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Gerard Genette - Narrative Discourse Revisited (Partial)

Gerard Genette - Narrative Discourse Revisited (Partial)

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Published by Michel Newman

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Published by: Michel Newman on Feb 26, 2011
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1 PreambleAs its title surely indicates, this little book is no more than a sort of postscript toNarrative Discourse1-a postscript prompted, after ten years, by a critical rereading of that "essay in method" in light of the commentaries it gave rise to and, more generally,in light of the advances, or retreats, narratology has registered since then.The term narratology (proposed by Tzvetan Todorov in 1969), together with the"discipline" it designates, has in fact gained a little ground (very little) in France, wherenourish-
[Translator s note.] Ithaca: Comell University Press, 1980. English transla-tion of Discours du recit," a portion of FiguresIII by Gerard Genette (Paris-beuil, 1972). For the present translation, the author modified the original
 
French text in ahandful of places. My editorial practices in the present
 
volume have been as follows: (i) Brackets in the text are myinterpolation
 
when they enclose a French or English equivalent; specify "in France " "in
 
French," or "in English"; explainsomething about the French language- or 
 
adjust quoted material to its context. All other brackets in the text are Ge-nette's. Brackets in the footnotes are my interpolation when they provide a
 
French equivalent; clarify the relationshipbetween a French text and an
 
English text; explain or identify a reference or comment; adjust quoted mate-rial to itscontext; and give supplementary bibliographical information. Un-less otherwise indicated, all other brackets in the notesare Genette's (2) All
 
ellipsis points are Genette's. (3) When Genette quoted from a work that has
 
appeared m English,the English text has been quoted directly. (4) All transla-tions of French works quoted by Genette are mine unlessotherwise noted
Preamble ment of a more aphrodisiac kind is often preferred. It has gained much more ground in other countries,including the United States, the Netherlands, and Israel, as the bibliogra-phy at the end of this volume certainly attests.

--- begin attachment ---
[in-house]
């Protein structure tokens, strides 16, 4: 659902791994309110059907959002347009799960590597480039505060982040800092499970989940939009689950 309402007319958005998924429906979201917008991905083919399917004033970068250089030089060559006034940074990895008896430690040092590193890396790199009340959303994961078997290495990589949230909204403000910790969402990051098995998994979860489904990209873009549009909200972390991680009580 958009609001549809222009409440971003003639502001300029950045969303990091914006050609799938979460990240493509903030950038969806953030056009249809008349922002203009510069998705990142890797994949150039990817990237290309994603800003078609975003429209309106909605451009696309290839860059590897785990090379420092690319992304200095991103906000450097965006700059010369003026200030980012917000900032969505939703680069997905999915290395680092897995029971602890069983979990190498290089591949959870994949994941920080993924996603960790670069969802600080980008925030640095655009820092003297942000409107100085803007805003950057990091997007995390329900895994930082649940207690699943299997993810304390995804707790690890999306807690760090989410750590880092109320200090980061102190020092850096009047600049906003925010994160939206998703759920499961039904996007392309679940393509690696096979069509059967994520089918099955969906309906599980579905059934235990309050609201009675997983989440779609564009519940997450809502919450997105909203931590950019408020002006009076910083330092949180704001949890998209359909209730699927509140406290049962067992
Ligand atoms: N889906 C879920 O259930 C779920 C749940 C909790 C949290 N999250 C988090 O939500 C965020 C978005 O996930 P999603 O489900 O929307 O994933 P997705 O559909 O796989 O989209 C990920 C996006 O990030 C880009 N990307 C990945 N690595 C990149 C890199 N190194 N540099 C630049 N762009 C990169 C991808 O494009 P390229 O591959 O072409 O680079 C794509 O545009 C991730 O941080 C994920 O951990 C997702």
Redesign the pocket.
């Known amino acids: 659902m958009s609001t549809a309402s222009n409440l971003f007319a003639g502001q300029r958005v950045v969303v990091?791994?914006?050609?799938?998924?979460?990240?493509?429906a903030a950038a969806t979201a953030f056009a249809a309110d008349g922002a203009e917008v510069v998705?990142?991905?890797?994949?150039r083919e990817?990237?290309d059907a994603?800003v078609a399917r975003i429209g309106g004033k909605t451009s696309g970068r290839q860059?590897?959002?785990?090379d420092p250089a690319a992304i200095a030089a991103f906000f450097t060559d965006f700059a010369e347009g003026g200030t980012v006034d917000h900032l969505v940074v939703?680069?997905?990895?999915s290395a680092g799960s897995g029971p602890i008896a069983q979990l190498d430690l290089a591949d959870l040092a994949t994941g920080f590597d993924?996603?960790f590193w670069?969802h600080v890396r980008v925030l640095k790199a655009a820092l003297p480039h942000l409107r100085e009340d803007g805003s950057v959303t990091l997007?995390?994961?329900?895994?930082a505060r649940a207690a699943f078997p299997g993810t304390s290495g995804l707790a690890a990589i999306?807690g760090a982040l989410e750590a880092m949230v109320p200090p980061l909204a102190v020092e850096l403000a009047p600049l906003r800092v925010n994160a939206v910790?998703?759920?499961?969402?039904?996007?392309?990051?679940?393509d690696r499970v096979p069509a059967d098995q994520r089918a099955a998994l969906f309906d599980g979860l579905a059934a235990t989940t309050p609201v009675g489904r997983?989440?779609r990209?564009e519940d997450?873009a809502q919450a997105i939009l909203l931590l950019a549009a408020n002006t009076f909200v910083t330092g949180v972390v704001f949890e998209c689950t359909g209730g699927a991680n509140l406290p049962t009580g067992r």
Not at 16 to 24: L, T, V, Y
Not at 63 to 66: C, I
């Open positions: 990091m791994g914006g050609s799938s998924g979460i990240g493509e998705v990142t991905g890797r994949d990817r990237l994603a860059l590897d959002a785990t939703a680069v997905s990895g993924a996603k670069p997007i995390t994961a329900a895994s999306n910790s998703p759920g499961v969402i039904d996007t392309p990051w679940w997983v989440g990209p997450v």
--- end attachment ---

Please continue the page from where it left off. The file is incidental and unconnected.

To some people (including, at times, myself), the success the discipline has achieved isdistressing. What irritates them is its "soulless" and sometimes mindless technicalnessand its pretension to the role of "pilot science" in literary studies. One could easilycounter the mistrust by arguing that, after all, the vast majority of literary (includingpoetic) texts are in the narrative mode and that it is therefore proper for nar-rativity toappropriate to itself the lion's share. But I am well aware that a narrative text can beviewed from other angles (for example, thematic, ideological, stylistic). The best, or theworst--in  any  case,  the  strongest--justification  for  the  momentary  hegemony  of narratology seems to me to derive not so much from the importance of the object asfrom narratol-ogy's own degree of maturation and methodological elaboration. Afamous scientist asserted in a flash of wit, at the beginning of this century, I believe:"There is physics, then there is chemistry, which is a kind of physics, then there is stampcollecting." No need to specify that Rutherford himself was a physicist, and a Britishsubject. As we know, since then biology too has become a kind of chemistry, and even(if I have read Monod aright) a kind of mechanics. If (I say if) every form of knowledgeis indeed situated somewhere be-tween the two poles symbolized by rigorous mechanicsand that blend of empiricism and speculation represented by philately, we can no doubtobserve that literary studies today oscillate between the philately of interpretativecriticism and the mechanics of narratology-a mechanics that, I think, has nothing of ageneral philosophy about it but that at its best is distinguished by a respect for themechanisms of the text. Even so, I am not claiming that the "progress" of poetics willconsist of a gradual absorption of the entire field by its mechanPreamble ical side. All Iclaim is that the respect in question deserves some respect itself, or some attention, evenif only periodi-cally. On leave from narratology (but not from poetics) for more than tenyears, I believe I must return to it for a mo-ment, fulfilling the implied promises or threats of my "after-word." And I entreat the potential reader to forgive me the traces of narcissism that such a step will entail. Rereading oneself with an eye on the criticisms